literary theory - unswict - criticism, dramatic construction (~360 bc-present) formalism...

Download Literary Theory - UNSWICT -     Criticism, Dramatic Construction (~360 BC-present) Formalism (1930s-present) Psychoanalytic Criticism, Jungian Criticism, Archetypal (1930s-present) Marxist Criticism (1930s-present) Reader-Response Criticism (1960s

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  • Literary Theory

  • Activity Select one or more of the literary

    theories considered relevant to your independent research. Do further research of the theory

    or theories and record what you have discovered in your journal.

  • Literary Theory The disciplined

    application of theoretical principles for the purpose of analysing, interpreting, and evaluating literary texts.

    A lens to view the text and how meaning is constructed.











    Historical, Biographical

    Formalist [Structuralism], Deconstruction


    Feminist, Marxist, etc.

    Intertextual Archetypal


  • Timeline Moral Criticism, Dramatic Construction (~360 BC-present) Formalism (1930s-present) Psychoanalytic Criticism, Jungian Criticism, Archetypal

    (1930s-present) Marxist Criticism (1930s-present) Reader-Response Criticism (1960s-present) Structuralism/Semiotics (1920s-present) Post-Structuralism/Deconstruction (1966-present) New Historicism/Cultural Studies (1980s-present) Post-Colonial Criticism (1990s-present) Feminist Criticism (1960s-present) Gender/Queer Studies (1970s-present)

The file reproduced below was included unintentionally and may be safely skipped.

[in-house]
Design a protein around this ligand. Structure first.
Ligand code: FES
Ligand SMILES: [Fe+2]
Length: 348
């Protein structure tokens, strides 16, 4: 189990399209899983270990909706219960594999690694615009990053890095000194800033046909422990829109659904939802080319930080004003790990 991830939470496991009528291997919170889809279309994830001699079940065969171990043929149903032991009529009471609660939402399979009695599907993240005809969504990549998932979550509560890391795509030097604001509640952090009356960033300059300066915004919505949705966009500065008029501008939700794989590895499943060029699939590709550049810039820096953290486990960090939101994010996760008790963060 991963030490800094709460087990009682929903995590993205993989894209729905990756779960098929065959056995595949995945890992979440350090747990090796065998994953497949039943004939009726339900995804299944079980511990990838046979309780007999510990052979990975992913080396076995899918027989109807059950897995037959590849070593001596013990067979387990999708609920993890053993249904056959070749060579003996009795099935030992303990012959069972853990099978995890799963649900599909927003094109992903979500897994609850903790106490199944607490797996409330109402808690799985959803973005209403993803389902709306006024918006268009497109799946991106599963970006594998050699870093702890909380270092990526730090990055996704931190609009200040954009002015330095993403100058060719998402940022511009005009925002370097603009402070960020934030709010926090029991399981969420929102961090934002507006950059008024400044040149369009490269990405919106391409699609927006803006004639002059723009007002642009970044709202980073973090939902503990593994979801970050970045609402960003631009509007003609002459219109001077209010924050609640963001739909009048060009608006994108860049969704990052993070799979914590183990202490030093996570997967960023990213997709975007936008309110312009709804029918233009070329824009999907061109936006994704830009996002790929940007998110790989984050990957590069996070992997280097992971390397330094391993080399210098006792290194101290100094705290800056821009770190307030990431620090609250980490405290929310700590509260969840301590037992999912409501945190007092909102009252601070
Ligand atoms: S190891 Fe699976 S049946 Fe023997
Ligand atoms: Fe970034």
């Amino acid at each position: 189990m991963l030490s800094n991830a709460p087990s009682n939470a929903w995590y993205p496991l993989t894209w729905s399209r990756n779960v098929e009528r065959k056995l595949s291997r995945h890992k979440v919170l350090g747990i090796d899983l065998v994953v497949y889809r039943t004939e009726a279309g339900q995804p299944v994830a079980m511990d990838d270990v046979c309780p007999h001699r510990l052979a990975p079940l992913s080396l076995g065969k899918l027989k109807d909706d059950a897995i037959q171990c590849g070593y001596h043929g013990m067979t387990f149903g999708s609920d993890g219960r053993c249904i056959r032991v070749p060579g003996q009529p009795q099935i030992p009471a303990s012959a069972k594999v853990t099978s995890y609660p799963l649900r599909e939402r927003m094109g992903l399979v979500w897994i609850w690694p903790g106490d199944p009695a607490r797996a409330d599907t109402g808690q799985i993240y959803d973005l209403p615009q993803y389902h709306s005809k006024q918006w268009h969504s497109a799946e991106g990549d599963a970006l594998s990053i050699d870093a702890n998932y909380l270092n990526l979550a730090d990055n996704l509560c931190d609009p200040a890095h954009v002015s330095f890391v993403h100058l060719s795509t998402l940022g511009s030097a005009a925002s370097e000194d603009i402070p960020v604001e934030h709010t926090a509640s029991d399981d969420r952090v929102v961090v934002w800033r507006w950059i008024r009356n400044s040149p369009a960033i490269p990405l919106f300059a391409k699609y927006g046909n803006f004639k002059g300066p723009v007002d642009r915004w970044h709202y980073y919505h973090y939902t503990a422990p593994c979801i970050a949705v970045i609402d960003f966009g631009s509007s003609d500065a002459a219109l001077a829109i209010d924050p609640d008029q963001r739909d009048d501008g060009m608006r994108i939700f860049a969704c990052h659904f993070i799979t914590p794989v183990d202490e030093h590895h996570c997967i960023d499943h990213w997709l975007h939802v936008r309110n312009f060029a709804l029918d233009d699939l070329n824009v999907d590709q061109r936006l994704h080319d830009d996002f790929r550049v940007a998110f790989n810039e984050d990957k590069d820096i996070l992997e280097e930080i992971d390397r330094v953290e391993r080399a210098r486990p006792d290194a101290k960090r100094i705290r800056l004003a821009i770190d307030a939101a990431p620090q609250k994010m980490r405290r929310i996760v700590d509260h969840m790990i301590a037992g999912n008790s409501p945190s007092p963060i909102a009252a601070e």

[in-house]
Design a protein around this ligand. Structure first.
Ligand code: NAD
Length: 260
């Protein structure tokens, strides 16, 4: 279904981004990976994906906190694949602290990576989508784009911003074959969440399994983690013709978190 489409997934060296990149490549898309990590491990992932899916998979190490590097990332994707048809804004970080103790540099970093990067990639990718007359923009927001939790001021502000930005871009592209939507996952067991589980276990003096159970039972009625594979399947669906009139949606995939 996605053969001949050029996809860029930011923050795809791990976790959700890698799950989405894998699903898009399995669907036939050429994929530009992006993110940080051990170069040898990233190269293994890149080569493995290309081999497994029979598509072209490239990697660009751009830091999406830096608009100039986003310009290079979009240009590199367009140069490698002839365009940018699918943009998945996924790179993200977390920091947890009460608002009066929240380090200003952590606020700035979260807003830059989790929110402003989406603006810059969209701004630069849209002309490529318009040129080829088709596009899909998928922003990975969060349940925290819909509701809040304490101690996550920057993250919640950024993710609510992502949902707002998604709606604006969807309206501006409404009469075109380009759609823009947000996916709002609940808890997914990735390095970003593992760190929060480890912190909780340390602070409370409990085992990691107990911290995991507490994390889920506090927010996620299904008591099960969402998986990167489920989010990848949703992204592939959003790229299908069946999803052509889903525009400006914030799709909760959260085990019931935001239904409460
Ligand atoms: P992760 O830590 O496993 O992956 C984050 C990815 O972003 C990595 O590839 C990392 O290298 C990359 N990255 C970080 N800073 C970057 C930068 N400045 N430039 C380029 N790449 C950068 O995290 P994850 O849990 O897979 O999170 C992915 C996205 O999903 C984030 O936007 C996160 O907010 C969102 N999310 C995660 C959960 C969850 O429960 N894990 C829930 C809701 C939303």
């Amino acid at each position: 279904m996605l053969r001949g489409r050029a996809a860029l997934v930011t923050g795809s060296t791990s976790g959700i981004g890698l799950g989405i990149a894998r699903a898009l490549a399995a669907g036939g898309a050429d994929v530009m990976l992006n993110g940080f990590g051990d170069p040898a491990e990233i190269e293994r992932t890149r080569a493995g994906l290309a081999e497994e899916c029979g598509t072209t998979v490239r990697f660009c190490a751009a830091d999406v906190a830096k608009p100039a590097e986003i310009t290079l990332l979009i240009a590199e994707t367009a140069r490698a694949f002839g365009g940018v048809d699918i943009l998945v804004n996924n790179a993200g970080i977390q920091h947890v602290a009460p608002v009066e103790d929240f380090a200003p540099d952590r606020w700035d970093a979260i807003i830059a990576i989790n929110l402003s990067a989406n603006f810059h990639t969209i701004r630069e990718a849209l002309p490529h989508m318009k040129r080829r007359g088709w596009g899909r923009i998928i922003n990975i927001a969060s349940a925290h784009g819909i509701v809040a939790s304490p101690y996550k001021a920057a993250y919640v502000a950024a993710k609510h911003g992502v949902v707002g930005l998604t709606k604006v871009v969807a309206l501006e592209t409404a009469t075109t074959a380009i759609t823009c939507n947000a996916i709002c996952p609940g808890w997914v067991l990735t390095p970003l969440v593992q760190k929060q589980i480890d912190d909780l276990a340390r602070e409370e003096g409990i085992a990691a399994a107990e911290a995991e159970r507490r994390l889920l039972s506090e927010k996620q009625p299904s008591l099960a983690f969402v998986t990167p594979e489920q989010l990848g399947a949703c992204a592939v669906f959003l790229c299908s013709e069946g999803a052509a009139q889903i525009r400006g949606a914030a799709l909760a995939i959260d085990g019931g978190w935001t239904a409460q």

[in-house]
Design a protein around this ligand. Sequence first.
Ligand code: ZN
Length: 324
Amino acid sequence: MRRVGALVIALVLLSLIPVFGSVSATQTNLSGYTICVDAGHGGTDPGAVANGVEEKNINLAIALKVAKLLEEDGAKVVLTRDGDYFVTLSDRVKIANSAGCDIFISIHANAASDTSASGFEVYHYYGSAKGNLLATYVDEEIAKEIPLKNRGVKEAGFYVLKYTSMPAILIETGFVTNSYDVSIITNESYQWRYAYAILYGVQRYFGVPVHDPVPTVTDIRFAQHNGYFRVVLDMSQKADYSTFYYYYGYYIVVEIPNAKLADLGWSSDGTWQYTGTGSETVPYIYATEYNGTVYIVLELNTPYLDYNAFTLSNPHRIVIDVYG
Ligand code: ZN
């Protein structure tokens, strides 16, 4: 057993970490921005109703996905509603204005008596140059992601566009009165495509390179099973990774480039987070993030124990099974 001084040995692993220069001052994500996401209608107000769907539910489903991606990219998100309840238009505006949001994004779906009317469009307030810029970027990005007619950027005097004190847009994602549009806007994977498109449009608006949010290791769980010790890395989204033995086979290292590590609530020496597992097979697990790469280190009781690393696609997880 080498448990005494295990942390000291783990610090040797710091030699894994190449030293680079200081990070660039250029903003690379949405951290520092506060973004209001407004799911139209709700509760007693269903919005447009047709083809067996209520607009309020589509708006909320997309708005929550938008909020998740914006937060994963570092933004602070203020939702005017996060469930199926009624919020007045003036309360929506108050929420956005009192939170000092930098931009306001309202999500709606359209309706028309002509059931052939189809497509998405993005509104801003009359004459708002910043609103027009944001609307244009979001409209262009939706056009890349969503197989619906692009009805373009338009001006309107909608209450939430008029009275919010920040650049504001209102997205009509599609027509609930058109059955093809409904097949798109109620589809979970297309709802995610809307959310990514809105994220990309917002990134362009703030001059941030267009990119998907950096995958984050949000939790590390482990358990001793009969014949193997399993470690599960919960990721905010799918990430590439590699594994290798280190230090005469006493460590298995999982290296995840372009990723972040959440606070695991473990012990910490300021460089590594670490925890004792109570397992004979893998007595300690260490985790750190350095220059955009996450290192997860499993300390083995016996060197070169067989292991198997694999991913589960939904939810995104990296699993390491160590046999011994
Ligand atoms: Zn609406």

• Moral Criticism Plato asserted that Art: Must play a limited and

    very strict role Is mimetic make-

    believe Must teach morality and

    ethics Aristotle, Platos student, promulgated that Art: Must be aesthetic Influence the audience's


  • Formalism 1930s-present The only thing you use to

    interpret the meaning of the text is what the text provides you with.

    For example: plot, characterisation, setting, theme, tone, etc.

    Your own response is irrelevant. Questions : What is the theme of this text? How does the use of metaphors,

    similes, and imagery affect the text?

    Why does the author choose to include the symbol of ?

  • Dialogism 1920s in Russia Theory initiated by Mikhail

    Bakhtin In a dialogic work of

    literature-such as in the writings of Dostoevsky-there is a polyphonic interplay of various characters' voices

    Heteroglossia: every instance of language use is embedded in a specific set of social circumstances

    No worldview is given superiority over others

  • Psychoanalytic Theory

    1930s-present Builds on Freudian

    theories of psychology Oedipus complex Explores the psychology

    of a character Questions: Why does the character

    do what he/she does? Why does the character

    feel the way he/she does?

  • Archetypal 1930s-present Based largely on the works of C. G. Jung

    and Joseph Campbell. All stories and symbols are based on

    mythic models from humanitys past Archetypes, according to Jung, are

    "primordial images"; the "psychic residue" of repeated types of experience in the lives of very ancient ancestors which are inherited in the "collective unconscious" of the human race